For the contemporary female pop star singing is still not seen as deliberate work, but rather effusive labor.
Rifle through enough music blogs and you’ll start to see hundreds of them: young duos in overexposed press photos, probably from Brooklyn, with a girl at the mic and a guy at the knobs. At shows she hangs toward the lip of the stage, pushing lungfuls through her pipes, swaddled in reverb, fog, and purple light. The blogs might describe her as wistful or ethereal or pretty. She might be called a chanteuse, even a seductress. Meanwhile, he’s at the back, hood up, head down, eyes on the machinery, working furiously.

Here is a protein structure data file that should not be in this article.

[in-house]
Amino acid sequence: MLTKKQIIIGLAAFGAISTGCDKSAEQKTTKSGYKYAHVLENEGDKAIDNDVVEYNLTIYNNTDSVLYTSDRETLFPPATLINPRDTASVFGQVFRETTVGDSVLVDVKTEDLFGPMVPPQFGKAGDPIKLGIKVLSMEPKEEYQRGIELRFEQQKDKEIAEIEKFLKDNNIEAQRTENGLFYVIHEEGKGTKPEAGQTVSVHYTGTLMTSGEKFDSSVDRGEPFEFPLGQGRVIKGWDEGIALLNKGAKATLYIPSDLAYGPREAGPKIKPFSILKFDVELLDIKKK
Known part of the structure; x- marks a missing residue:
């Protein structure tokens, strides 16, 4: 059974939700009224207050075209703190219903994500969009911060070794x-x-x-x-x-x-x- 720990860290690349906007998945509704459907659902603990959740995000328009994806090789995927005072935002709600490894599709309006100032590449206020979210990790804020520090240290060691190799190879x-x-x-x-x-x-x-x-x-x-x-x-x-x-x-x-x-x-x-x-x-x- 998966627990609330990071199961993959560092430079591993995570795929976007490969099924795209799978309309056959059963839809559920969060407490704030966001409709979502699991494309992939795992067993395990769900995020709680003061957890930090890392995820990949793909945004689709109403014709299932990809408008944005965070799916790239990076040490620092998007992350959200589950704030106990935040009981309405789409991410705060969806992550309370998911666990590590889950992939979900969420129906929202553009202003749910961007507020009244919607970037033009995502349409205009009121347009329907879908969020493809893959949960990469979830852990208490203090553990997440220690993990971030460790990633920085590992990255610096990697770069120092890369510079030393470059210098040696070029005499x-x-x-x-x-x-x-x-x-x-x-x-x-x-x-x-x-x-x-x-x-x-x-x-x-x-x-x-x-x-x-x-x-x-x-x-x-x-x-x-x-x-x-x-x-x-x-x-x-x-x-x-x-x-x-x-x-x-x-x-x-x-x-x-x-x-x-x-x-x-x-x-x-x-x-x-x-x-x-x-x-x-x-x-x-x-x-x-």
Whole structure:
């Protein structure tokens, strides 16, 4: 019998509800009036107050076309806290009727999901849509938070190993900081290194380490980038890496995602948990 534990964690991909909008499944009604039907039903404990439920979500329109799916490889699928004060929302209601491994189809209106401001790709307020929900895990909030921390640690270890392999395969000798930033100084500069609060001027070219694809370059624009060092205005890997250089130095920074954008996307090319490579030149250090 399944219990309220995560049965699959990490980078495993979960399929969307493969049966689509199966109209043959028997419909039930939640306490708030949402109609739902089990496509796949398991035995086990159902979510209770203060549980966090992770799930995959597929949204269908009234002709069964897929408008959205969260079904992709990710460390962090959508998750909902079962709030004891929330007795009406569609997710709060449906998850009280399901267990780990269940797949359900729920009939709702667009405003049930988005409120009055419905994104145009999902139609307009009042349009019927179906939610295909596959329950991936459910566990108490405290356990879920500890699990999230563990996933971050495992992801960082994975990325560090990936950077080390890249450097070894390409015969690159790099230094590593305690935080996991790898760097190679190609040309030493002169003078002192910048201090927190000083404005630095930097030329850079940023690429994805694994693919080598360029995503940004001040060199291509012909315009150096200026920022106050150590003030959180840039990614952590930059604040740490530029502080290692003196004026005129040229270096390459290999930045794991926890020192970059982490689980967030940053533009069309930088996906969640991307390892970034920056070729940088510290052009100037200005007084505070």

It’s an arrangement that makes sense to consumers of music and critics alike. We listen to women the same way we look at them. Like beauty, a woman’s voice emanates from her body without visible effort. Listeners don’t hear the voice as an instrument, but as a primal extension of the singer herself, a through-line from her anatomy to yours. The voice is a component of a woman’s affect—never learned, never forced, but something she’s born possessing. Watch the audition episodes of shows like American Idol and the Voice. Like beauty, vocal talent rests on a binary: You have it or you don’t.